Exercises To Help Keep You Injury Free

Utilise these exercises at the beginning of each workout to create a healthy working dynamic in your muscles and joints that will help keep you injury free.


To promote the healthy function of your knee, train your vastus medialis (one of the muscles in your thigh) and your gluteus medius. The exercises described below will help you to engage these muscles. These exercises should be completed at the beginning of each session.

Exercises to teach you to engage your gluteus medius;

Exercise 1: place a fit ball against a wall, then roll it up and down the wall using the outside of your foot whilst standing side-on to the wall. Complete 6 repetitions per leg for 2 sets.

Exercise 2: Butt-raises; This exercise is to get you to engage your glutes (a part of the gluteus group is the gluteus medius). Whilst laying on your back, raise your butt up off the ground. To ensure you get the best out of this exercise, give your glutes a good squeeze at the top of the motion. Complete 2 sets of 10 repetitions.

Exercise 3: Squats; These will make you engage your glutes, particularly if you keep keep the weight in your heels when doing them, and a little tension pulling your knees apart in the process.

The following exercise will teach you to engage your vastus medialis;

Using the leg extension machine, load up a small amount of weight (between 5 and 15 kg). If you use a large weight, you will engage other muscles and the exercise will not be effective. Using just one leg, curl your toe out to the side, then raise your leg as high as you can (straighten it). Then lower it 20cm, before raising it again. Complete 6 repetitions for each leg for 2 sets.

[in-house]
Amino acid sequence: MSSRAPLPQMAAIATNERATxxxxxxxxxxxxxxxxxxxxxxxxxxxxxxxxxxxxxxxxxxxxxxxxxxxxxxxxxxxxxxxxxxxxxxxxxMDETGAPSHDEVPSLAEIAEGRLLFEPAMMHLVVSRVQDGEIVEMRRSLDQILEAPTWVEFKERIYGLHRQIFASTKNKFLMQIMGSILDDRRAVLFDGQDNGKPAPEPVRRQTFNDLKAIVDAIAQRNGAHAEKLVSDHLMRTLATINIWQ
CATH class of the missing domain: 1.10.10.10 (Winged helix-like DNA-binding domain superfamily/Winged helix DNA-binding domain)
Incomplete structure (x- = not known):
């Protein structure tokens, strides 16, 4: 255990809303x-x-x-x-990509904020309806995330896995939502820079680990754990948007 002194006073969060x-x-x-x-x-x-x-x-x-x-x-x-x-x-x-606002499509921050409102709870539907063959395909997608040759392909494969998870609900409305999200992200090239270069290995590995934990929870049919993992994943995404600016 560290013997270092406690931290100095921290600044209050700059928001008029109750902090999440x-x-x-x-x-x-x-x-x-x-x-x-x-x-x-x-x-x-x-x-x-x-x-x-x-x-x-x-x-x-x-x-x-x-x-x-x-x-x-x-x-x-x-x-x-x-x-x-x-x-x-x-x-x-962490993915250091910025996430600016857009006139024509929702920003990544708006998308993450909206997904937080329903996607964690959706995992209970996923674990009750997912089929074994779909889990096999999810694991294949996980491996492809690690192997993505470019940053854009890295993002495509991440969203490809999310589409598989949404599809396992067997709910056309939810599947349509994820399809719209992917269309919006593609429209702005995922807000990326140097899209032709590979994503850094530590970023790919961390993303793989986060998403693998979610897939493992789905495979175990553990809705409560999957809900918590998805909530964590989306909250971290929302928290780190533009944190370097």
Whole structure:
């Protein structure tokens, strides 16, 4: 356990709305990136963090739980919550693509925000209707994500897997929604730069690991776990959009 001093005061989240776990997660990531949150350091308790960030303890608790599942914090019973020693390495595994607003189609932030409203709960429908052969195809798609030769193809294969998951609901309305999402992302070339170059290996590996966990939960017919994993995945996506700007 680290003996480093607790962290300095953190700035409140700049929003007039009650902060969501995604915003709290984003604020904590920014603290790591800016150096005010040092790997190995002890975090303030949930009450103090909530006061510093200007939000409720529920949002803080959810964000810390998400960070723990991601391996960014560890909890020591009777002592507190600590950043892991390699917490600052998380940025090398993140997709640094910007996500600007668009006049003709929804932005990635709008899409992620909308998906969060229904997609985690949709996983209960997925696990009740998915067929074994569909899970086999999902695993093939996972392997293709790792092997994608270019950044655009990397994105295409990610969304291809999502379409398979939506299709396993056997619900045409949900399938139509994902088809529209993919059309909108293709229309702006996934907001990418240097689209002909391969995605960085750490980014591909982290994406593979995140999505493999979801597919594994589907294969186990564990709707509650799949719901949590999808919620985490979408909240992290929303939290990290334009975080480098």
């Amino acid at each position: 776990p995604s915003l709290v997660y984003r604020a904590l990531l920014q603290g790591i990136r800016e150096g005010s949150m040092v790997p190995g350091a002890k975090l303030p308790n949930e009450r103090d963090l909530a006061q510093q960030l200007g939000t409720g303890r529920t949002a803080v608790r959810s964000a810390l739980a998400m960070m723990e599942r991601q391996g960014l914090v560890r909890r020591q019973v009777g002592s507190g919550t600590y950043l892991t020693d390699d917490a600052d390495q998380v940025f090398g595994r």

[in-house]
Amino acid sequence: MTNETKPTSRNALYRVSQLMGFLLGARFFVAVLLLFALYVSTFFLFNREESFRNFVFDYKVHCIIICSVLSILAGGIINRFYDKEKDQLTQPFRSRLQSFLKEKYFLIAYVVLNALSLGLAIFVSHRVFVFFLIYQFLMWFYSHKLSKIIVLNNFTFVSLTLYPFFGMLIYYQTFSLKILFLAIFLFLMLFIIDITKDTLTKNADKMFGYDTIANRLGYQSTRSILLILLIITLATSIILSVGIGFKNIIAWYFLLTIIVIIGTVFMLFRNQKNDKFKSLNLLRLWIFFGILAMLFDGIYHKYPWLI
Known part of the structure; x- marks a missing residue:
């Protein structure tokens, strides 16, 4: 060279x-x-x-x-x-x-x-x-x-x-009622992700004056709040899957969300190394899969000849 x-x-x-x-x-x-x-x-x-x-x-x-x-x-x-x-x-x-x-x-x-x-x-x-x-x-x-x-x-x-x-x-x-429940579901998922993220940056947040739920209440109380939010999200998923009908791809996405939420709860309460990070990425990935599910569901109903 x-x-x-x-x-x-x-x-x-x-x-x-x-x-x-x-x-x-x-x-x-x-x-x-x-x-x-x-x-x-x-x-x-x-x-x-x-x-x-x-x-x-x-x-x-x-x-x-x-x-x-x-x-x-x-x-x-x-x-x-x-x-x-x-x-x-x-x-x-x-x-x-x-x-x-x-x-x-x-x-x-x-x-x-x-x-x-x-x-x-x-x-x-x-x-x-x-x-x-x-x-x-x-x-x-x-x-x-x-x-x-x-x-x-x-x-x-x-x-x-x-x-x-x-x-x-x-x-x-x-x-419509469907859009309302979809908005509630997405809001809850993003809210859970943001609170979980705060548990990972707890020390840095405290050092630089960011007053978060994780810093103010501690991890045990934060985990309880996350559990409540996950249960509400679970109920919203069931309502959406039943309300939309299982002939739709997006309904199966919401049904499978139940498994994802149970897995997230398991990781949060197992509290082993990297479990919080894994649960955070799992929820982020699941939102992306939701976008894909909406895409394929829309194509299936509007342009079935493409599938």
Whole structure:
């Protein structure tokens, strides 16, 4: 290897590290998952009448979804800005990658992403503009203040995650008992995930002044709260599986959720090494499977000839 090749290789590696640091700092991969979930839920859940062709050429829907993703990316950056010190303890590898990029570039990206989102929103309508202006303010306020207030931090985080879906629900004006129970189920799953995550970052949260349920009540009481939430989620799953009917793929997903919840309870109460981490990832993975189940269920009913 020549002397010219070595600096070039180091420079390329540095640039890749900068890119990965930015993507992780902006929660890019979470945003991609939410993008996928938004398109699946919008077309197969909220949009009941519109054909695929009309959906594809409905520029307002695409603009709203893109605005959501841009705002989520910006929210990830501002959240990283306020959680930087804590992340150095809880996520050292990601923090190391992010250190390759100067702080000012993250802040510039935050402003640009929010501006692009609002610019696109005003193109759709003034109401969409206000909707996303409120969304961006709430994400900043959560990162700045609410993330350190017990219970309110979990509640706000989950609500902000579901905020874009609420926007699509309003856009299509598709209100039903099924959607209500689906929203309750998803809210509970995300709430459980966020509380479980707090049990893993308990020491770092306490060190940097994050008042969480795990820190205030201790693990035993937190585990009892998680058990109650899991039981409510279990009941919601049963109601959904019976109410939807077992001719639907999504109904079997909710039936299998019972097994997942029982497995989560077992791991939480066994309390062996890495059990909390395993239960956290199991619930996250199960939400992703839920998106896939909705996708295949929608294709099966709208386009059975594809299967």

If your gluteus medius is lazy or isn’t engaging as strongly as it should be, it can create knee pain. This is often easily corrected however by teaching it to engage with a few simple exercises such as those prescribed on the previous page (that is, rolling a fitball up and down the wall, and butt-raises). Other means of teaching the gluteus medius to engage involves using a band around your knees when performing squats, or crab-walking sideways. 

In some instances, if the vastus medialis is not engaging, the patella (kneecap) will be pulled laterally by the vastus lateralis, which will cause knee pain. A few simple exercises to train the vastus medialis however, such as those prescribed on the previous page, will often correct this.


Do this exercise if you think you have bad posture.

This exercise is to be done at the completion of your session (that is, after you have finished stretching). Using a pin-loaded cable machine, set the cables as high as you can, then load up a small amount of weight (5-15kg). Pull the cable until your elbows are at your side, then pull your shoulders back as you attempt to get your shoulder blades together. Ensure, however, that you pull your shoulders down at the same time (avoid scrunching them up towards your ears). Hold this stance for 30 seconds, then rest for 30 seconds before repeating it.

This exercise will leave you in a good postural position as you leave the gym.

A more advanced exercise;

To watch a video on a demonstration of an exercise that will promote shoulder stability, click here…


If you have weak ankles.

Watch this video for an exercise to strengthen them. Ideally, you would use this exercise, or similar exercises, to strengthen your ankles, however some people have weakened their ankles so badly that their only option is to strap them.

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